Context-based authentication can compare a user’s current geographical location against known good or bad locations and act accordingly. For example, users on a campus location can be approved while users attempting to authenticate from outside the campus can be denied.

Geo-fencing
Context-based authentication can also base decisions on a geographical area or a virtual barrier -- if the user’s location is outside of a certain proximity, then assign additional risk or deny the authentication attempt.

Geo-velocity
Using a user’s geo-location and login history together can also help prevent malicious access. For example, if a user logged in at 2 p.m. PST in California, it is reasonable to consider a logon attempt at 4 p.m. PST from the East Coast as an “improbable travel event” and deny the request.

Behavioral analysis
Over time, a solution can gather information about the way that a given user interacts with the device (such as keystroke dynamics, mouse movements, gesture and touch, and motion patterns). Later authentication attempts that fall outside the established behavior patterns can be denied.

Any of these techniques on its own could be circumvented, of course. But combining several or all of them offers a promising solution. Layering multiple contextual factors pre-authorization enables you to build a risk profile that can be used to determine whether to allow a user to proceed to actual authentication, deny the user's continuing with the authentication process, or “step up” to two-factor authentication. For example, if geo-fencing data, together with behavioral analysis, raises sufficient suspicion about a particular authentication request, rather than simply denying the request outright, the system can require the user to provide a second factor.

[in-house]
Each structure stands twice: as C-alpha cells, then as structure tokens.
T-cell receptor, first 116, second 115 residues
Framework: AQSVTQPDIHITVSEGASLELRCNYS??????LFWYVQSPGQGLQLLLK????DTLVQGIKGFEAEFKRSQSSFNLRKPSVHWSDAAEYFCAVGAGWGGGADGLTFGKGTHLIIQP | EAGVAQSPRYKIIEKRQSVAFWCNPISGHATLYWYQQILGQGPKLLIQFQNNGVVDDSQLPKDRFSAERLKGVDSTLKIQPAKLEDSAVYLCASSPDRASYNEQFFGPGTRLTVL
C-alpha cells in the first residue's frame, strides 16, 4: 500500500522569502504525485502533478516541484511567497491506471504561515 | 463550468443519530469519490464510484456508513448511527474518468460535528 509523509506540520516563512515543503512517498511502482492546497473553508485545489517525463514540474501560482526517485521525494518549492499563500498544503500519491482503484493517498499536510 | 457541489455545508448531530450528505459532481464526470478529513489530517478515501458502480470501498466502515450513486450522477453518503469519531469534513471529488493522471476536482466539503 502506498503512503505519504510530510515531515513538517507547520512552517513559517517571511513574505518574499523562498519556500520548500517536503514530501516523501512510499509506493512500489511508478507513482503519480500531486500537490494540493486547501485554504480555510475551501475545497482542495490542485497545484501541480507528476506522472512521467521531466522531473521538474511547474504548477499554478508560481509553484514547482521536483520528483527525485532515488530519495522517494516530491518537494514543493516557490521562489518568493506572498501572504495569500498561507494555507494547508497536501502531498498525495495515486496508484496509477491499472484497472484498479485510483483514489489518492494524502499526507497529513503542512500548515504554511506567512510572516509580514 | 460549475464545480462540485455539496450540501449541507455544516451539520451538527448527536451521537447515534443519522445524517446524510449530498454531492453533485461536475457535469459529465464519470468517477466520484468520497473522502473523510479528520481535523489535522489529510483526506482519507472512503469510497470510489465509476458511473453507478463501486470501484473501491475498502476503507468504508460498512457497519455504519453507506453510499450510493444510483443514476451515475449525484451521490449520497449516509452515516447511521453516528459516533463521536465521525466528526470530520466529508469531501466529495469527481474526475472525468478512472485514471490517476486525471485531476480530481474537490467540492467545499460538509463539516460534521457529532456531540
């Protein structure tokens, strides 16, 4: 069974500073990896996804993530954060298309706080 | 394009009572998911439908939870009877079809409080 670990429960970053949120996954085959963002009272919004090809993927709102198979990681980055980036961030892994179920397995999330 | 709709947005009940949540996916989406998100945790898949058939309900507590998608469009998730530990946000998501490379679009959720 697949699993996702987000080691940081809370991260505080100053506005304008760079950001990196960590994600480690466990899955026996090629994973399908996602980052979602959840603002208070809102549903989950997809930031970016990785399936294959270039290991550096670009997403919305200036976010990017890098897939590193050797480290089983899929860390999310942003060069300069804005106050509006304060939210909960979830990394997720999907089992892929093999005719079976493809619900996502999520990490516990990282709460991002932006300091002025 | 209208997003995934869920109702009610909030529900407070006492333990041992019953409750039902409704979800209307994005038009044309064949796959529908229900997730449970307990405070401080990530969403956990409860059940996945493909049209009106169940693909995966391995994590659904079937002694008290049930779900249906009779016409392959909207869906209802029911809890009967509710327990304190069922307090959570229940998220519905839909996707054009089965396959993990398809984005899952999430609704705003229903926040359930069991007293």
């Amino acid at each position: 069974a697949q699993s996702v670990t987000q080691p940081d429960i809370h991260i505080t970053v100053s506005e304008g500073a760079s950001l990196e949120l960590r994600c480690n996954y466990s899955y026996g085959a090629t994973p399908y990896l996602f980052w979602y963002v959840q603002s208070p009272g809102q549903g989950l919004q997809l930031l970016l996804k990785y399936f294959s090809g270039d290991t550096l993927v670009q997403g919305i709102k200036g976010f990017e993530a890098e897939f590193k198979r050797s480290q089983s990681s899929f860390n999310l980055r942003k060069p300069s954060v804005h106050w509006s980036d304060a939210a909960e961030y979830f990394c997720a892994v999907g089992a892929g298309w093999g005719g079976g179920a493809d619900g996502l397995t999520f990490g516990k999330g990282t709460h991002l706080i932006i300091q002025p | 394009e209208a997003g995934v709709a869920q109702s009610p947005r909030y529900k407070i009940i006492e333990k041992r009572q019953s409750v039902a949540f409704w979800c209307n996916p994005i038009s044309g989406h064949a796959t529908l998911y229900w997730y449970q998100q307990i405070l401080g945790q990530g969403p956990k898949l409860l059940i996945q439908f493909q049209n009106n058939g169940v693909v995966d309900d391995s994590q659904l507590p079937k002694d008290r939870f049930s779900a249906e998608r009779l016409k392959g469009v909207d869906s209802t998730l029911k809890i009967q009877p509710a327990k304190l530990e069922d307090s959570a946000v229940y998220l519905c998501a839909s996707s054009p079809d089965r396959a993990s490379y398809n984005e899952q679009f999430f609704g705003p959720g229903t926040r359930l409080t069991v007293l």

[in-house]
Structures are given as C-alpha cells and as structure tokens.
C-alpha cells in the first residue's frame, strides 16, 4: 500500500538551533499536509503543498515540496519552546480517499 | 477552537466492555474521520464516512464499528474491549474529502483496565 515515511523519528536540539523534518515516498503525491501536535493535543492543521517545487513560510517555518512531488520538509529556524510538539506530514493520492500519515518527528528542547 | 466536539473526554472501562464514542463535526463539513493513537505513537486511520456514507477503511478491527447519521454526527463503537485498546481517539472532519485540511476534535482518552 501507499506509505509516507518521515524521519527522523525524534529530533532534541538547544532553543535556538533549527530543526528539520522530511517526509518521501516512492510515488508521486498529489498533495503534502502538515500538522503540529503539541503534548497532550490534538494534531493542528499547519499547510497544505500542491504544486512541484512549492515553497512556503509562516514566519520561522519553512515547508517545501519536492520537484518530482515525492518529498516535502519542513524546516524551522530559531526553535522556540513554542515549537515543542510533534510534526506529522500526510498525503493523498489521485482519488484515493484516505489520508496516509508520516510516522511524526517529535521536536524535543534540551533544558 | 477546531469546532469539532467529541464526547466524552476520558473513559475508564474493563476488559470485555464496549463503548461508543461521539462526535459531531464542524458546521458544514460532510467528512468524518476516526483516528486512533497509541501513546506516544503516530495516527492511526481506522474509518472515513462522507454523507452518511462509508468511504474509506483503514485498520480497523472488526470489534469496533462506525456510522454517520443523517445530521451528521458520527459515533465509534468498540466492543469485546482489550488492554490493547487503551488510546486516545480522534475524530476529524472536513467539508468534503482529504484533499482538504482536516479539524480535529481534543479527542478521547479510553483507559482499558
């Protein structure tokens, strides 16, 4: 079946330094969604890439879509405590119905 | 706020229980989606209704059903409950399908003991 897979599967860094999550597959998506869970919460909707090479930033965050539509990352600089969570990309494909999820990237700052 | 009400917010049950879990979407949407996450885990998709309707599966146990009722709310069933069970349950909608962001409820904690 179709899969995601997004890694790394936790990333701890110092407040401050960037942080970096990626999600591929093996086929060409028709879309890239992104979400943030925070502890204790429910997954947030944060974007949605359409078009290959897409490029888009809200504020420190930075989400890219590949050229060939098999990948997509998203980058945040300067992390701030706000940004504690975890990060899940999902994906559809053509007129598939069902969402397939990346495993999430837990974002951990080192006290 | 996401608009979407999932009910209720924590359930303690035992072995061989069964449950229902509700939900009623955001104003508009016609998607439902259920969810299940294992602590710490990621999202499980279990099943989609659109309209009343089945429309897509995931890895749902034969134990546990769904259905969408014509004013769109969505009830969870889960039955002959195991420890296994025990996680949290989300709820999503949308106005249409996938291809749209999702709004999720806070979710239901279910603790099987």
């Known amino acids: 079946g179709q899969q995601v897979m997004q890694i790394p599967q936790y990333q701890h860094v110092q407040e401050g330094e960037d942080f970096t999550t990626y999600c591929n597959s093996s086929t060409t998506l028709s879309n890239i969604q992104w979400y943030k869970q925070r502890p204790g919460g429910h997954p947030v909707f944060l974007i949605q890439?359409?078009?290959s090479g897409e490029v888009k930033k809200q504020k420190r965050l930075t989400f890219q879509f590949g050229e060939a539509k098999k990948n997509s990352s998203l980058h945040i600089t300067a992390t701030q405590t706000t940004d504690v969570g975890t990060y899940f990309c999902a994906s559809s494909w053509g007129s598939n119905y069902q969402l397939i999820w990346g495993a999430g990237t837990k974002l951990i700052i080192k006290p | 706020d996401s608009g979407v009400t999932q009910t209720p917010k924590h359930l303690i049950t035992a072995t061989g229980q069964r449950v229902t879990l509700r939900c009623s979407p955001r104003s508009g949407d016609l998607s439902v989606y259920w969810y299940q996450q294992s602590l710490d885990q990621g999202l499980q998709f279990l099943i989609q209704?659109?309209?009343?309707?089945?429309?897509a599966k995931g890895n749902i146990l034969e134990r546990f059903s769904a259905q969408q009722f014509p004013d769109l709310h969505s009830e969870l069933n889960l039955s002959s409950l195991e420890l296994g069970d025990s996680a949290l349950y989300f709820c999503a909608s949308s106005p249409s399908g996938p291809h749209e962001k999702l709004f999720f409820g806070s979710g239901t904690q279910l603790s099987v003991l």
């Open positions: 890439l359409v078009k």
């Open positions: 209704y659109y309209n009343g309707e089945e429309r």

Context-based authentication can be tailored to your organization’s risk tolerance, enabling you to balance security with a better user experience. Users are unaware of the context-based authentication processes and are not burdened by two-factor authentication unless a login is deemed to involve a certain level of risk.

Attackers will get past even the most fortified perimeter, as newspapers remind us every day. But context-based authentication can help you keep them from them reaching the Holy Grail of your proprietary business secrets or financial data -- and keep your organization out of the headlines.

 

Keith Graham is Chief Technology Officer at SecureAuth Corporation. His expertise comes from 15 years in security, product management, product development, and consulting. As CTO, he leads product development and plays a major role in the creation and development of ... View Full Bio
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ODA155
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ODA155,